WASHINGTON — A funny thing happened on the way to a predicted disaster: The Pentagon is learning to live with the automatic budget cuts its leaders had warned would threaten national security if they took effect.
The change from near-hysteria to sober assessment starts at the top with new Defense Secretary Chuck Hagel, a former maverick Republican senator from Nebraska who’s long pushed for serious restructuring of military spending. He replaced Leon Panetta in February.
Defense analysts say the forced spending reductions – called a sequester on Capitol Hill – and the arrival of a new Pentagon chief are compelling military leaders to focus on core national security needs and to operate more efficiently after the expenditure of what will reach $5 trillion on the Iraq and Afghanistan wars, and a near doubling of the overall defense budget from 2001 to 2011.
“Things have settled down since the sequester started,” retired Army Lt. Col. Tony Shaffer, an analyst with the Center for Advanced Defense Studies in Washington who speaks regularly with top military officers and civilian Pentagon leaders, told McClatchy.
“They’re looking at how, with a lower budget, to maintain real focus on real threats,” Shaffer said. “The generals are reluctant to speak publicly about it, but there have been no detrimental effects on mission-critical capabilities.”Among the core capabilities that Shaffer said remain unharmed are a broad range of global exercises and deployments involving carrier battle groups and military training teams; military operations in Afghanistan and elsewhere that the Pentagon classifies as “critical” or “sensitive”; and military schools and combat training.
A little-noticed provision, contained in the stopgap funding bill that Congress passed in March, gave the Pentagon more flexibility than other federal agencies in applying its $42 billion share of the automatic cuts through Sept. 30, the end of the fiscal year.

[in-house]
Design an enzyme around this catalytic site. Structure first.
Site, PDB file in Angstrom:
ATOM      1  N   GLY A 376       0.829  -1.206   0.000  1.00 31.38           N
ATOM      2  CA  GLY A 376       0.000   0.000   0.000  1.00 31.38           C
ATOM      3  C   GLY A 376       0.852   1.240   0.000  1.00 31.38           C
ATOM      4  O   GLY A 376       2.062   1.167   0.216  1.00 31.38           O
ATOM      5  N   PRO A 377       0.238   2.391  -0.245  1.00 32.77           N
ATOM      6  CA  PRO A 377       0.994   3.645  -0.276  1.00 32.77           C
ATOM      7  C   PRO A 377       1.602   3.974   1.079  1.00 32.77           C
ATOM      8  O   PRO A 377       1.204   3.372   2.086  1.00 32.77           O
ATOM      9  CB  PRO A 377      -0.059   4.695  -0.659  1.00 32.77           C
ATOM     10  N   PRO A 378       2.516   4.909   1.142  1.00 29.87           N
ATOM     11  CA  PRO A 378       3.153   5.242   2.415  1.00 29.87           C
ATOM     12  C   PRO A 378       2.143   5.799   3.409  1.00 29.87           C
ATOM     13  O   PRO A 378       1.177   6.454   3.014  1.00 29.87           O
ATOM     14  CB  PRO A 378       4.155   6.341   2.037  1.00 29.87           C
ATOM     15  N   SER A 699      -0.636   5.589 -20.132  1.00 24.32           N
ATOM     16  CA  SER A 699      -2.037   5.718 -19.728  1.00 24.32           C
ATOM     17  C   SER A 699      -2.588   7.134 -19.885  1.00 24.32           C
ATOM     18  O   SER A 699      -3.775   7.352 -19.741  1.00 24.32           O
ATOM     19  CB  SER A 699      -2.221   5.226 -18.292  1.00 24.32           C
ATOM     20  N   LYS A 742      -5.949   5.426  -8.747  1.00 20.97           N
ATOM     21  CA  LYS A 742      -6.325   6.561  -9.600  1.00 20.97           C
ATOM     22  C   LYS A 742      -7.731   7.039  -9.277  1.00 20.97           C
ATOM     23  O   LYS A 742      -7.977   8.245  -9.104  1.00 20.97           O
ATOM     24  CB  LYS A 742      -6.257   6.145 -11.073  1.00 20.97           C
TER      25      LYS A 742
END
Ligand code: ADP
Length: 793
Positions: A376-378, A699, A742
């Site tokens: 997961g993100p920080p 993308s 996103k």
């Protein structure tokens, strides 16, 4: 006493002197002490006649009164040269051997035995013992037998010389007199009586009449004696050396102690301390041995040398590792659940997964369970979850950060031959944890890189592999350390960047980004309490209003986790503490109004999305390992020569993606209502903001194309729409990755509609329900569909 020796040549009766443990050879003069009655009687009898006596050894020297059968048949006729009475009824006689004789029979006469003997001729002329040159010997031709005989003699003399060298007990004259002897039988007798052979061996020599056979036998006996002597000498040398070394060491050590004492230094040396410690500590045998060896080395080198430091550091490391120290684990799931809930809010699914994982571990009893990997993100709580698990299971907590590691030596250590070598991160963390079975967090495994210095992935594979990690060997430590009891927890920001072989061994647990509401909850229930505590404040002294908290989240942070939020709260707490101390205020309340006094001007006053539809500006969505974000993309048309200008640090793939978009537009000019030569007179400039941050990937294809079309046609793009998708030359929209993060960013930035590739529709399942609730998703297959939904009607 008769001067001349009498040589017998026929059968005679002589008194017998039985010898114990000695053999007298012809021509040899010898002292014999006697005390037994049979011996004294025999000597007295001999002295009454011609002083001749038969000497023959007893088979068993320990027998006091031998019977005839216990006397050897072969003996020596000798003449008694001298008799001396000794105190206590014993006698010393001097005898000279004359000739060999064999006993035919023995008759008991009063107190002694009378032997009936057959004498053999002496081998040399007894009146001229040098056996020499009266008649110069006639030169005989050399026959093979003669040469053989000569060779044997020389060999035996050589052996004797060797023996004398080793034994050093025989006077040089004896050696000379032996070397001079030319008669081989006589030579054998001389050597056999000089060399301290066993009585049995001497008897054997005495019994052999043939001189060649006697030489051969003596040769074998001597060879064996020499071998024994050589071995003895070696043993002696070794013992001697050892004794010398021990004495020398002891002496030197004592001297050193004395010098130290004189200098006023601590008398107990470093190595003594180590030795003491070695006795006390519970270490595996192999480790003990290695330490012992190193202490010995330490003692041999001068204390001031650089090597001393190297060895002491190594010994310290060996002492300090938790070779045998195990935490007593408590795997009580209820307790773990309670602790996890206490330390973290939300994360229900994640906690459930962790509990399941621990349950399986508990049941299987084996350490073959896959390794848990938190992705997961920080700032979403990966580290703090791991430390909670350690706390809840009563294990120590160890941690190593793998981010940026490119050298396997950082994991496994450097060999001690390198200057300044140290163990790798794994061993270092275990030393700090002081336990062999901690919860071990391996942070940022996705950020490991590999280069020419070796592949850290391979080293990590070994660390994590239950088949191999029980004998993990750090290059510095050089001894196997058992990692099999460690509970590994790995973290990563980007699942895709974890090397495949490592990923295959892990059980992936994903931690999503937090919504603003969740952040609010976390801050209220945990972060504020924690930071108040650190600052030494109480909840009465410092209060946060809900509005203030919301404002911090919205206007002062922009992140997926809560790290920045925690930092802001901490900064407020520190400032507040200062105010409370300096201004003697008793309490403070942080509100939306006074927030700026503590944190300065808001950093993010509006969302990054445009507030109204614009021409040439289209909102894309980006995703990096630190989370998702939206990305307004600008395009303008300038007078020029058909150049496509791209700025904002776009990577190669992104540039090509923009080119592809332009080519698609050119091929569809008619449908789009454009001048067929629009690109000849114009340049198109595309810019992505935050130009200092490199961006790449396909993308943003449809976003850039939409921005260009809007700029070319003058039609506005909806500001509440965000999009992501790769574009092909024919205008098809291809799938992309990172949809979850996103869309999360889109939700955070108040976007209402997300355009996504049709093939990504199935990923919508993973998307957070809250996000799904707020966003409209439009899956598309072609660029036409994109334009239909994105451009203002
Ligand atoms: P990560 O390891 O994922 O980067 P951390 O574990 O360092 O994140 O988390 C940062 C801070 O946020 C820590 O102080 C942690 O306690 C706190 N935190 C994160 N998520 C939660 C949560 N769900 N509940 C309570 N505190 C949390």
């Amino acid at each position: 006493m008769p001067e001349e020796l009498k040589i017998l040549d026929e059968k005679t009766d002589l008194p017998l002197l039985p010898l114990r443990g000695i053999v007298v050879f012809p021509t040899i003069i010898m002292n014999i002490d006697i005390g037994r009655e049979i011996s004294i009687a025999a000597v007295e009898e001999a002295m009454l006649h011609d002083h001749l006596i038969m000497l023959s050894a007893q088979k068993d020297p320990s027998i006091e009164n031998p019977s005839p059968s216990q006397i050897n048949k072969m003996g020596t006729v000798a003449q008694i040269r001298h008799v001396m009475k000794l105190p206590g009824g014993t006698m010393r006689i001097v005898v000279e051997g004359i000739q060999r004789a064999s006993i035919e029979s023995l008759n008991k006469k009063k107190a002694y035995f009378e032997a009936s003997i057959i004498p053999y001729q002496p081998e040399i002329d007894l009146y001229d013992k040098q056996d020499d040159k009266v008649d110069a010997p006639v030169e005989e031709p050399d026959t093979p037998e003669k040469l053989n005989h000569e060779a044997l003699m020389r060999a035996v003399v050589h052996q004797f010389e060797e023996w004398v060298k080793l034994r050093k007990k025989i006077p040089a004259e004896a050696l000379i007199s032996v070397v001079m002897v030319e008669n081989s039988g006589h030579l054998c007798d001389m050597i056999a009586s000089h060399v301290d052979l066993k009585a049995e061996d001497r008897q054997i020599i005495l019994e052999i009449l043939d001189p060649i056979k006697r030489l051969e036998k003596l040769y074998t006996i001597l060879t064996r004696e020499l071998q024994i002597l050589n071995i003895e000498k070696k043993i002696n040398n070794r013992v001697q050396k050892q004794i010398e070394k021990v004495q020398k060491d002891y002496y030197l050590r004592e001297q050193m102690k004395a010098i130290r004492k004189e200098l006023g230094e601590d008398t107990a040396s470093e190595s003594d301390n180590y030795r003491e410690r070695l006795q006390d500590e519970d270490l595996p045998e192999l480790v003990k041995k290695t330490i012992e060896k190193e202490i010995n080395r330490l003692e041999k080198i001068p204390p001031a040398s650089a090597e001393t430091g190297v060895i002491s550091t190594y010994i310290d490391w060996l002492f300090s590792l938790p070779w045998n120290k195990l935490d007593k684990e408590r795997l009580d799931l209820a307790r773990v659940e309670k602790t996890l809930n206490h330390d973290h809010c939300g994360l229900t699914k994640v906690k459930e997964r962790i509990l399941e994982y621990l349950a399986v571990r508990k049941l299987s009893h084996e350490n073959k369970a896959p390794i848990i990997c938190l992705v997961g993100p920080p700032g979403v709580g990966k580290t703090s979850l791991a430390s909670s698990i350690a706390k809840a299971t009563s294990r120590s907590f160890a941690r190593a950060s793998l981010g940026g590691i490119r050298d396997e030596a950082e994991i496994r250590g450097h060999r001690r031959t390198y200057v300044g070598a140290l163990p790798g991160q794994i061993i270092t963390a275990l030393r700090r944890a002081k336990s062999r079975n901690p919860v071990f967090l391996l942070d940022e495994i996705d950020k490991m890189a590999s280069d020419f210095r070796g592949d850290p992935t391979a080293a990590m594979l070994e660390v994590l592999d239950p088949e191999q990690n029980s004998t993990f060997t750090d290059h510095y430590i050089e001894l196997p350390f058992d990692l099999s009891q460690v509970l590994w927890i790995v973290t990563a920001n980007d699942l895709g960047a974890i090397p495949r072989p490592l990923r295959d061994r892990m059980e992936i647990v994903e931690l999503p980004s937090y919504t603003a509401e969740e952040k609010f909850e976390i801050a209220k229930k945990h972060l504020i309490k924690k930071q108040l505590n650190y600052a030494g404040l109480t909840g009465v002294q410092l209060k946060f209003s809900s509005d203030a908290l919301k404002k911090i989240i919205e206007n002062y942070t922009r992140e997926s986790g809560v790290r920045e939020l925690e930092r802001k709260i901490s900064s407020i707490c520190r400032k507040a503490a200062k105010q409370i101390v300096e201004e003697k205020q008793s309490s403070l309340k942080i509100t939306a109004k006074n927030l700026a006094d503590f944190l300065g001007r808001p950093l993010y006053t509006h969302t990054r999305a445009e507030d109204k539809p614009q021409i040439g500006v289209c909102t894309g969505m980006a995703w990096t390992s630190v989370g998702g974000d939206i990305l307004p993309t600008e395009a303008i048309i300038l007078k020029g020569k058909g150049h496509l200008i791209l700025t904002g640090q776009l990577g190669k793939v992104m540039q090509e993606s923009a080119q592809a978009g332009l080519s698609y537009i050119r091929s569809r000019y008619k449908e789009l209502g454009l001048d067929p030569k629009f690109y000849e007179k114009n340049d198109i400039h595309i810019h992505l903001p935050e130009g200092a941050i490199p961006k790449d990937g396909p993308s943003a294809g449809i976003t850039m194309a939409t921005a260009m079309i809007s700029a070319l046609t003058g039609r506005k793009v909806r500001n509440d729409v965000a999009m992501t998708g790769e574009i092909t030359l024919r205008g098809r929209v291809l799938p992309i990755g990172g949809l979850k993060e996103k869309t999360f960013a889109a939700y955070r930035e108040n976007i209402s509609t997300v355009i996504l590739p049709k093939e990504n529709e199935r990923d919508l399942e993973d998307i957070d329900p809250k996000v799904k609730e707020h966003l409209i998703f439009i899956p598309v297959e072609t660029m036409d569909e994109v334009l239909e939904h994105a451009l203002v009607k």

While other agencies must apply the cuts equally across all programs, the Pentagon may transfer funds among programs in order to take into account critical national security tasks.
Following the terms of the August 2011 debt-ceiling deal, which put the across-the-board spending cuts in place if Congress failed to find more targeted ones, Obama exempted the nation’s 1.4 million active-duty troops from pay cuts or furloughs.
Pentagon officials announced last week that 680,000 of its 800,000 civilian employees worldwide will go on unpaid furloughs totaling up to 11 days apiece through September, with 120,000 exempt from the temporary layoffs.
“We will furlough the remainder of our civilians and then move money around to try to minimize adverse effects on readiness,” Pentagon Comptroller Robert Hale said.
The maximum of 11 furlough days is half the number that Pentagon officials were saying several months ago would be necessary to save money under sequestration. Now teachers at dozens of schools on military bases will be furloughed no more than five days. Some of the 120,000 employees who won’t get furloughed work at Navy shipyards, where they help maintain nuclear submarines and aircraft carriers.
“We’re talking about nuclear safety,” Hale said. “All these workers do nuclear maintenance. So we were really talking about seriously adversely affecting our ability to deploy carriers and submarines. And we made a decision that that was too serious an adverse effect on mission.”
There already has been some impact on the military besides the civilian furloughs. Thirteen of the Air Force’s 46 active-duty squadrons have stopped flying. The Army has curtailed special combat training, and routine maintenance is being delayed in all the main services.
The biggest resistance to Pentagon downsizing may come not from the military, but from Congress.